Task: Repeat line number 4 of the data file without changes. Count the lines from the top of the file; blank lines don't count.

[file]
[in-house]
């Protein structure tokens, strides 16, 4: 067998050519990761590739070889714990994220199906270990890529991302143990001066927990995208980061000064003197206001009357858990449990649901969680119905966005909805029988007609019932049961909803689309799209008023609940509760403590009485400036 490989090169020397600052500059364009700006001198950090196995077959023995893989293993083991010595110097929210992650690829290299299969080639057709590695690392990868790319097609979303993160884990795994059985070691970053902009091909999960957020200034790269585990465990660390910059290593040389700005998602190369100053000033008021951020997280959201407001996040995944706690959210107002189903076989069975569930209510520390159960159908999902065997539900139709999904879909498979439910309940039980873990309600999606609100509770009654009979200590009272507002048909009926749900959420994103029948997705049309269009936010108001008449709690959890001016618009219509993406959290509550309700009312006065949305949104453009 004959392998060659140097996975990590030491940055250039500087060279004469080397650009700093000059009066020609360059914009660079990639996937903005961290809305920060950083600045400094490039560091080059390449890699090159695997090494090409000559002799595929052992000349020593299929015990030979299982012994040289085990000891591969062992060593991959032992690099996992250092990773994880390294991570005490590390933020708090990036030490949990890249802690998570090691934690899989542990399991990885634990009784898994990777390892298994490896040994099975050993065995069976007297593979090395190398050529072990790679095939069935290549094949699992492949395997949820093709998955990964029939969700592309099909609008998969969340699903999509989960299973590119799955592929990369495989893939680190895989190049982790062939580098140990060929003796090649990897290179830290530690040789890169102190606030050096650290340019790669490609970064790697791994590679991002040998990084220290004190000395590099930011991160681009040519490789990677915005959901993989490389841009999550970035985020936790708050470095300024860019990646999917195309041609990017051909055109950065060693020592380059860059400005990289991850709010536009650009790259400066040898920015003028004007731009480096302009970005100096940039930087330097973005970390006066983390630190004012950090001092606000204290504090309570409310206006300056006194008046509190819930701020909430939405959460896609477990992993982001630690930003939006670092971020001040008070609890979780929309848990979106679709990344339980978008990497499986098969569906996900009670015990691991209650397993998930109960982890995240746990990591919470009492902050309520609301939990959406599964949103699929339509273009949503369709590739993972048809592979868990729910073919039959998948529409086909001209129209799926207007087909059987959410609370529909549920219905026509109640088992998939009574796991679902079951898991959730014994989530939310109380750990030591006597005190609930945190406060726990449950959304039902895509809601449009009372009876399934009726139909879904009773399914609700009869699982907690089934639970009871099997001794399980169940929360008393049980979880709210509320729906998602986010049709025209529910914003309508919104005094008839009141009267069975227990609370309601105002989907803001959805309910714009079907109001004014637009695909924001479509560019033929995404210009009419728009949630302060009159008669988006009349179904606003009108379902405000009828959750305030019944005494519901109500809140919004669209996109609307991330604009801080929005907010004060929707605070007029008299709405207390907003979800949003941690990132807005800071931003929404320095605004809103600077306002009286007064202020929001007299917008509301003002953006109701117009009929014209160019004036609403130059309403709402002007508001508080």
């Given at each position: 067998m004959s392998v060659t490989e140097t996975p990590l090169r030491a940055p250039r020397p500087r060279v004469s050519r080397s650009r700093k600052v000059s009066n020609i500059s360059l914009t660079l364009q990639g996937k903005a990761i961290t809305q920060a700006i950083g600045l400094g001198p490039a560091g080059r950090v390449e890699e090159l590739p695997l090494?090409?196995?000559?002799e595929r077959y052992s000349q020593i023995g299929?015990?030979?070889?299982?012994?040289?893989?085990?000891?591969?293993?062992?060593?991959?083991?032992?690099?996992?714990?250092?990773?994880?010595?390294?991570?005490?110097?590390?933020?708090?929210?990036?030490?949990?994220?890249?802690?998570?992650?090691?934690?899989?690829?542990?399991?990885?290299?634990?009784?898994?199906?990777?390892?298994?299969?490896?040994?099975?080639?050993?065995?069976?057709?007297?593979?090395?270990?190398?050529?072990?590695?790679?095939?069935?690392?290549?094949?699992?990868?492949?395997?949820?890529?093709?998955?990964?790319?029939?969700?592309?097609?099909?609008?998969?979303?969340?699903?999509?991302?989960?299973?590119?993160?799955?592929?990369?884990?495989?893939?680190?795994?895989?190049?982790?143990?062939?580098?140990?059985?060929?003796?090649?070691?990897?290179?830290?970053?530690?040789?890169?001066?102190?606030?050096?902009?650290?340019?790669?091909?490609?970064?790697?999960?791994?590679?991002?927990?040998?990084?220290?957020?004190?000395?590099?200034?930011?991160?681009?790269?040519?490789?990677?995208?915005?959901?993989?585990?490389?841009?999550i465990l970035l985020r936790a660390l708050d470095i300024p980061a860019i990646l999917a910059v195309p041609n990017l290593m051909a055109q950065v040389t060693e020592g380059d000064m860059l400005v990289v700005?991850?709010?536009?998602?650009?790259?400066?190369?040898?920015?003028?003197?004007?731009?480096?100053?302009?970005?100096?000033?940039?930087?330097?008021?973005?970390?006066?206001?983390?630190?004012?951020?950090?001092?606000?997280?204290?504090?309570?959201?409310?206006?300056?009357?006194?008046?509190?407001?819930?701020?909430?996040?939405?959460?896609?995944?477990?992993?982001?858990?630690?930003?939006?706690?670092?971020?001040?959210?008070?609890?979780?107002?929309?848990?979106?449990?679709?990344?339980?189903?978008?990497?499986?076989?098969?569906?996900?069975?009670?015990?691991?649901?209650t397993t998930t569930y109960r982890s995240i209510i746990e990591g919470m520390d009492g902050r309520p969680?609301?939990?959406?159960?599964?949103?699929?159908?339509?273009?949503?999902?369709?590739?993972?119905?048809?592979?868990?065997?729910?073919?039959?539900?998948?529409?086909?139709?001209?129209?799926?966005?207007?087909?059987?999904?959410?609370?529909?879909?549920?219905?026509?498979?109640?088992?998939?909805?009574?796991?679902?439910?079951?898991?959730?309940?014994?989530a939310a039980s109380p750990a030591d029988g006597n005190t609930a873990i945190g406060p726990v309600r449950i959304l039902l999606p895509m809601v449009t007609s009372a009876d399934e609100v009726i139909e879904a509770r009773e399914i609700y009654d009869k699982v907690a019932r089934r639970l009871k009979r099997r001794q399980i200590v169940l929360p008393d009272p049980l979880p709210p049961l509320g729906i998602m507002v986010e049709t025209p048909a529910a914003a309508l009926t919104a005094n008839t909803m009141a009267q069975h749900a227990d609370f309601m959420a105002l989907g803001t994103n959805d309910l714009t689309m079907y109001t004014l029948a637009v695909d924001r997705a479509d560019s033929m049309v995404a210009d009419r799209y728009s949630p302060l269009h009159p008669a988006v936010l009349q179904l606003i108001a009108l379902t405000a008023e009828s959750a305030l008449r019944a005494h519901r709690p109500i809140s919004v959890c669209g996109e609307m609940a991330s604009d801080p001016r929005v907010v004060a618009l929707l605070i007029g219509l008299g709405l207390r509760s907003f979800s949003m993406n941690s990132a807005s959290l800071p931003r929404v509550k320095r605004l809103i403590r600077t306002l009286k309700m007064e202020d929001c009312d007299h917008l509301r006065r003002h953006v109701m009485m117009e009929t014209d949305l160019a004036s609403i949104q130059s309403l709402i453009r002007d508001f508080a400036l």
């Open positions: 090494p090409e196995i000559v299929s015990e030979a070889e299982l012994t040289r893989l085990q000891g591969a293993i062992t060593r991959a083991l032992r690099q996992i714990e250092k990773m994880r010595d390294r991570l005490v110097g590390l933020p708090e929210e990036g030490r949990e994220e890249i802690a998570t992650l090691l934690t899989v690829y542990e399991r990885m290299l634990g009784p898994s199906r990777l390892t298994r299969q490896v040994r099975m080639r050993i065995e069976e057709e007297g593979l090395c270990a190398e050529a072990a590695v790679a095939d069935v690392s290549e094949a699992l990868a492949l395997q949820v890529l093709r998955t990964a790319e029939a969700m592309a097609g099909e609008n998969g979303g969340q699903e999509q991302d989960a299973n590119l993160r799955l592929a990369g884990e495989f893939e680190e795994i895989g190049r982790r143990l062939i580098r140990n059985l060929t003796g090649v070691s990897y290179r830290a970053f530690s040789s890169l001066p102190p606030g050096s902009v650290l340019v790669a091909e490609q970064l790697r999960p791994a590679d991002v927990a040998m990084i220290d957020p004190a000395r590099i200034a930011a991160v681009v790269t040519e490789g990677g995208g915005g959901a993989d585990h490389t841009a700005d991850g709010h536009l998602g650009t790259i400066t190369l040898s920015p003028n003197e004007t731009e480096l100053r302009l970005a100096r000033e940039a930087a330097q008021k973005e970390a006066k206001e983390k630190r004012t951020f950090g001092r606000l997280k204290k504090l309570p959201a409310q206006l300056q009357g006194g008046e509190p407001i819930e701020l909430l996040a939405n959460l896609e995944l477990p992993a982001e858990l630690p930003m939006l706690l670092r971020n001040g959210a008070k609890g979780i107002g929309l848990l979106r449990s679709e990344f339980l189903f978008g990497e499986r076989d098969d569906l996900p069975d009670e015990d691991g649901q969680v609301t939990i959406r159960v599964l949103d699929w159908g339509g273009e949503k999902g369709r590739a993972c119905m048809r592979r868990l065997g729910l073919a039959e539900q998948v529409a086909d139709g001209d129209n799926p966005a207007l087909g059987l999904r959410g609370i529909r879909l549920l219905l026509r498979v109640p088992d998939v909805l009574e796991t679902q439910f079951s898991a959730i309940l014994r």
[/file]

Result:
């Open positions: 090494p090409e196995i000559v299929s015990e030979a070889e299982l012994t040289r893989l085990q000891g591969a293993i062992t060593r991959a083991l032992r690099q996992i714990e250092k990773m994880r010595d390294r991570l005490v110097g590390l933020p708090e929210e990036g030490r949990e994220e890249i802690a998570t992650l090691l934690t899989v690829y542990e399991r990885m290299l634990g009784p898994s199906r990777l390892t298994r299969q490896v040994r099975m080639r050993i065995e069976e057709e007297g593979l090395c270990a190398e050529a072990a590695v790679a095939d069935v690392s290549e094949a699992l990868a492949l395997q949820v890529l093709r998955t990964a790319e029939a969700m592309a097609g099909e609008n998969g979303g969340q699903e999509q991302d989960a299973n590119l993160r799955l592929a990369g884990e495989f893939e680190e795994i895989g190049r982790r143990l062939i580098r140990n059985l060929t003796g090649v070691s990897y290179r830290a970053f530690s040789s890169l001066p102190p606030g050096s902009v650290l340019v790669a091909e490609q970064l790697r999960p791994a590679d991002v927990a040998m990084i220290d957020p004190a000395r590099i200034a930011a991160v681009v790269t040519e490789g990677g995208g915005g959901a993989d585990h490389t841009a700005d991850g709010h536009l998602g650009t790259i400066t190369l040898s920015p003028n003197e004007t731009e480096l100053r302009l970005a100096r000033e940039a930087a330097q008021k973005e970390a006066k206001e983390k630190r004012t951020f950090g001092r606000l997280k204290k504090l309570p959201a409310q206006l300056q009357g006194g008046e509190p407001i819930e701020l909430l996040a939405n959460l896609e995944l477990p992993a982001e858990l630690p930003m939006l706690l670092r971020n001040g959210a008070k609890g979780i107002g929309l848990l979106r449990s679709e990344f339980l189903f978008g990497e499986r076989d098969d569906l996900p069975d009670e015990d691991g649901q969680v609301t939990i959406r159960v599964l949103d699929w159908g339509g273009e949503k999902g369709r590739a993972c119905m048809r592979r868990l065997g729910l073919a039959e539900q998948v529409a086909d139709g001209d129209n799926p966005a207007l087909g059987l999904r959410g609370i529909r879909l549920l219905l026509r498979v109640p088992d998939v909805l009574e796991t679902q439910f079951s898991a959730i309940l014994r």